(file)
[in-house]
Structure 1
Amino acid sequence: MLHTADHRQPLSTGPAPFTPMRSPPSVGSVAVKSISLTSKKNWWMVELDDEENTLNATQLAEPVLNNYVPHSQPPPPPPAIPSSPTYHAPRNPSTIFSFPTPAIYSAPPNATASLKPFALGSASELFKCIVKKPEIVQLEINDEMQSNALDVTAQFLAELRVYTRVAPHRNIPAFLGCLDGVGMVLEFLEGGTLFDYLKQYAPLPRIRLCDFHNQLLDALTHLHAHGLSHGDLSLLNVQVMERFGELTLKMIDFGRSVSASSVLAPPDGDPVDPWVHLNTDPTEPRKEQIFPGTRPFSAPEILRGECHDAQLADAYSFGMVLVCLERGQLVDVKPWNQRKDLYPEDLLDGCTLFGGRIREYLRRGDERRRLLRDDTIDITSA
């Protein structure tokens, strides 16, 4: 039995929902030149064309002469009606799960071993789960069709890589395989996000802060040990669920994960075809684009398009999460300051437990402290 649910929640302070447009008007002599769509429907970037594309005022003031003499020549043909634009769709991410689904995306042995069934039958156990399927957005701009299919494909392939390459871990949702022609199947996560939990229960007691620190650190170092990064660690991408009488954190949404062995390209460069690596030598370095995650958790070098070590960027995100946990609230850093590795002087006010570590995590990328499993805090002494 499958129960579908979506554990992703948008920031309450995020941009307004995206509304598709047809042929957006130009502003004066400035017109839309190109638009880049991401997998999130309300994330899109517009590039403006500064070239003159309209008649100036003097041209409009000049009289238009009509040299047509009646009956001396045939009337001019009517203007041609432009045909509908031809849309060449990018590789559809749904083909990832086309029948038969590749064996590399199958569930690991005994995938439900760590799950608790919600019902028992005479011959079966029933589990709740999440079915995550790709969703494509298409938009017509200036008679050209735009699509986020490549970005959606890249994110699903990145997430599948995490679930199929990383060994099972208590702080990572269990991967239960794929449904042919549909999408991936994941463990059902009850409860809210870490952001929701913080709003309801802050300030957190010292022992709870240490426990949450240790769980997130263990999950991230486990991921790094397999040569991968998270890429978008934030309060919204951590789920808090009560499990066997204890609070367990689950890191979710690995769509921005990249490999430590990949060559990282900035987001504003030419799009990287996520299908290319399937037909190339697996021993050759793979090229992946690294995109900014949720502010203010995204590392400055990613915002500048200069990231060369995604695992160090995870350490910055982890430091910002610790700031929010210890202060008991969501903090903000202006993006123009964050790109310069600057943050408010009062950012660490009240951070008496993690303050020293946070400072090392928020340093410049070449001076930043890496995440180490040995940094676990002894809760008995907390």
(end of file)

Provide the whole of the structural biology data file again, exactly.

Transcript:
[in-house]
Structure 1
Amino acid sequence: MLHTADHRQPLSTGPAPFTPMRSPPSVGSVAVKSISLTSKKNWWMVELDDEENTLNATQLAEPVLNNYVPHSQPPPPPPAIPSSPTYHAPRNPSTIFSFPTPAIYSAPPNATASLKPFALGSASELFKCIVKKPEIVQLEINDEMQSNALDVTAQFLAELRVYTRVAPHRNIPAFLGCLDGVGMVLEFLEGGTLFDYLKQYAPLPRIRLCDFHNQLLDALTHLHAHGLSHGDLSLLNVQVMERFGELTLKMIDFGRSVSASSVLAPPDGDPVDPWVHLNTDPTEPRKEQIFPGTRPFSAPEILRGECHDAQLADAYSFGMVLVCLERGQLVDVKPWNQRKDLYPEDLLDGCTLFGGRIREYLRRGDERRRLLRDDTIDITSA
């Protein structure tokens, strides 16, 4: 039995929902030149064309002469009606799960071993789960069709890589395989996000802060040990669920994960075809684009398009999460300051437990402290 649910929640302070447009008007002599769509429907970037594309005022003031003499020549043909634009769709991410689904995306042995069934039958156990399927957005701009299919494909392939390459871990949702022609199947996560939990229960007691620190650190170092990064660690991408009488954190949404062995390209460069690596030598370095995650958790070098070590960027995100946990609230850093590795002087006010570590995590990328499993805090002494 499958129960579908979506554990992703948008920031309450995020941009307004995206509304598709047809042929957006130009502003004066400035017109839309190109638009880049991401997998999130309300994330899109517009590039403006500064070239003159309209008649100036003097041209409009000049009289238009009509040299047509009646009956001396045939009337001019009517203007041609432009045909509908031809849309060449990018590789559809749904083909990832086309029948038969590749064996590399199958569930690991005994995938439900760590799950608790919600019902028992005479011959079966029933589990709740999440079915995550790709969703494509298409938009017509200036008679050209735009699509986020490549970005959606890249994110699903990145997430599948995490679930199929990383060994099972208590702080990572269990991967239960794929449904042919549909999408991936994941463990059902009850409860809210870490952001929701913080709003309801802050300030957190010292022992709870240490426990949450240790769980997130263990999950991230486990991921790094397999040569991968998270890429978008934030309060919204951590789920808090009560499990066997204890609070367990689950890191979710690995769509921005990249490999430590990949060559990282900035987001504003030419799009990287996520299908290319399937037909190339697996021993050759793979090229992946690294995109900014949720502010203010995204590392400055990613915002500048200069990231060369995604695992160090995870350490910055982890430091910002610790700031929010210890202060008991969501903090903000202006993006123009964050790109310069600057943050408010009062950012660490009240951070008496993690303050020293946070400072090392928020340093410049070449001076930043890496995440180490040995940094676990002894809760008995907390």